Having a laugh with Ryuichi Hiroki

by Mark Schilling

A veteran director of “pink” movies, Ryuichi Hiroki won critical acclaim for the 1994 youth drama “800 (800 — Two Lap Runner),” his breakthrough into straight films. He first collaborated with Shinobu Terajima — star of his new movie “Yawarakai Seikatsu — in “Vibrator,” a romantic road movie that swept Japanese film awards for 2003 and was widely screened overseas.

Like many other “pink” directors, former or not, Hiroki is a frank, unpretentious type, and during our interview the laughter flowed freely.

How much of Shinobu Terajima’s performance came from you?

Not much. She read the script in her own way. All I did was say things like ‘Maybe you should be a little more cheerful here.’ She encounters five men [in the course of the film] so I told her I wanted her to vary her expressions with each one. Her performance was more part of a group collaboration. In ‘Vibrator,’ it was all one-to-one.

The men she meets all have their appealing qualities, but they’re also all unreliable.

That’s right, they’re all a bunch of wimps [laughs]. I include myself in that group [laughs].

Would you call the film a mirror of Japanese society in that way?

No, no — or maybe. It’s a tough call [laughs]. But women are more in tune with the times than men. They are living with a firm sense of reality. Japanese women may look sort of quiet and dreamy, but they’re really firmly grounded. All women are. I get the feeling that men are just trying to keep up with them.

The first time I saw the film I wondered how you were going to tie it all together.

Exactly, exactly! That was the hardest part about writing the script. [Haruhiko] Arai really struggled with that. There are all these different stories — so what do you do with them? So we focused on the fact that Yuko shares all these memories with her cousin Shoichi, from the time they were both small.

Terajima expresses her character with more than just her face. The way she walks is also very distinctive.

She acts with her whole body, not just her face. She acts with expression in everything — in the way she walks and so on. All I did was tell her she was getting too carried away. I told her [the audience] would understand without the exaggeration.

Even the floppy boots that she wears . . .

Right, those boots. I liked the idea of her clomping around in those boots. She’s not one those girls who glides around. She’s not one who slips on boots using a shoehorn. She just crams her feet into them and then goes clomping around town taking pictures and them goes clomping home.

If you had pushed it too far, she would have just been this eccentric lady.

Right, right. There was a fine line, but Kamata’s the kind of town where you can get away with dressing like that. [laughs] Well, not ‘get away with’ — it goes with the town.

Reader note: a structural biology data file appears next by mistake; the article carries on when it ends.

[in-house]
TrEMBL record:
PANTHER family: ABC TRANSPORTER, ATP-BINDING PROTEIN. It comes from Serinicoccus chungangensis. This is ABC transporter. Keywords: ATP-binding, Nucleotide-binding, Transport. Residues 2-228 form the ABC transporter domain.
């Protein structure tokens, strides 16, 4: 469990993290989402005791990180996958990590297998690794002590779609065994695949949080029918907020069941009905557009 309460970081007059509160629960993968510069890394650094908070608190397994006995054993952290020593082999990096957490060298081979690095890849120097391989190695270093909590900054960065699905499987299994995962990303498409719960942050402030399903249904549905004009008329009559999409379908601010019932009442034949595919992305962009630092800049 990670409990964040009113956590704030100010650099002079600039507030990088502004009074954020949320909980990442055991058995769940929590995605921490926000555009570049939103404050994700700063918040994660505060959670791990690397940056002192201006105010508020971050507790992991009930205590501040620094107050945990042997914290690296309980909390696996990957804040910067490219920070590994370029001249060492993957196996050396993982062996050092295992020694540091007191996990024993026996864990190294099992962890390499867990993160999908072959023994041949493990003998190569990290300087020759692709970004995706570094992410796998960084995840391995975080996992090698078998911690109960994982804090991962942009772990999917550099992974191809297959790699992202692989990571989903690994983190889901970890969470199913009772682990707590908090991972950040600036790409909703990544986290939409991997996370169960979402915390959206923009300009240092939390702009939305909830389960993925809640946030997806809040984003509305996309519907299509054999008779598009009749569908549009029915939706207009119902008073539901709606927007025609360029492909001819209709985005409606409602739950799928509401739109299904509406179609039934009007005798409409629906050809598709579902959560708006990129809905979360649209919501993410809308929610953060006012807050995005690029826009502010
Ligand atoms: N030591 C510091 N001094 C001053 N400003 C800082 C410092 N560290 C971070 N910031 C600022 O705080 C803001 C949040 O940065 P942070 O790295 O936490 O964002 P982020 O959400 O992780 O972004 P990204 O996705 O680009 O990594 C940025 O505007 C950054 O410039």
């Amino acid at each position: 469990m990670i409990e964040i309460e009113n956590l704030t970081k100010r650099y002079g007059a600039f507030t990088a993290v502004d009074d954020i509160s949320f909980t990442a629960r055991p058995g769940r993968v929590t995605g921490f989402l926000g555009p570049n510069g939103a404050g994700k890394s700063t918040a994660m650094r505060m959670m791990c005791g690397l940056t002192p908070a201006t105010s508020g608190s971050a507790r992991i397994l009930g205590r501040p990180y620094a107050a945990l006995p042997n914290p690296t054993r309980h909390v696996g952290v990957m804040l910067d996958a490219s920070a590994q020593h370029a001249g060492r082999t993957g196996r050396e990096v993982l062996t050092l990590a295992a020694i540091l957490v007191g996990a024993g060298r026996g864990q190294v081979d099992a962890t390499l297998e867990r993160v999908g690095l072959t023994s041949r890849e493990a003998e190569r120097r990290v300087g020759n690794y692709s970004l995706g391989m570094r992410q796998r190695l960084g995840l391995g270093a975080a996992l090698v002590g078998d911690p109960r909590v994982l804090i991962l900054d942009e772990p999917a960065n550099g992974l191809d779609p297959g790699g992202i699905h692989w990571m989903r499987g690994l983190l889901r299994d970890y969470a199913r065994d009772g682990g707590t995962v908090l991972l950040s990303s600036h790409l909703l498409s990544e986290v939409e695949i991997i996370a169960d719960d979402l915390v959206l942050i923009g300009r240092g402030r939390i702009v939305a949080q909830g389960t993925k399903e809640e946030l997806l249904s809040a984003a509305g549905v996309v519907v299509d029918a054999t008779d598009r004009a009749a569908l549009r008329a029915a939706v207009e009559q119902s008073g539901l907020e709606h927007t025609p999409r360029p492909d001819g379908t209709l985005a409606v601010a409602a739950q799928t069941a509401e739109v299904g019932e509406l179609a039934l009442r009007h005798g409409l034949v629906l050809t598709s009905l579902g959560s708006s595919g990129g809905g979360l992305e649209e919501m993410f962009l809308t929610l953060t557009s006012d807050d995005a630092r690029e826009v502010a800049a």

There’s something a little dangerous about the relationship between Yuko and Shoichi.

Yes, no doubt about it.

Even though they’re cousins . . .

They’ve had sex? They’re all right, though, even if they’ve had sex. They’re all right [laughs].

There’s a difference of opinion about that [laughs]. But when they part for the last time, they kiss. That really made a big impression on me as the kiss is so long and intense. Was that your idea or did it sort of happen spontaneously?

We decided from the start to do it in one long cut. Just go for it! Hey, it’s not a French kiss.

Shoichi wants to kiss her and she responds passionately.

That was a really tough scene. I needed about 10 takes. We were filming until morning [laughs]. It was a really important scene, so I had to get it right. I agonized over how [the audience] should see it. Is it the end? The beginning?

So you wanted that ambiguity?

Right. But it’s really the beginning. He absorbs all of Yuko’s weakness and then goes home to the countryside.

A new beginning . . .

A new beginning. I thought that would be all right, that both of them would accept it.

In your films that sort of ambiguity is . . .


Right, common!

You know all too well.

But that’s life.

Right. I’m living an ambiguous life. So maybe I should have called the film “Ambiguous Life” [laughs].

I couldn’t help feeling a bit sorry for Yuko.

You should feel sorry for her. I feel sorry for her. If she’d only met a better guy.

A guy with all the good qualities of the men she meets in the film.

There actually aren’t many guys like that. So filmmakers think they have to put someone like that into their films. But reality is something else.

Read the film review
“Yawarakai Seikatsu”
Desperately seeking solace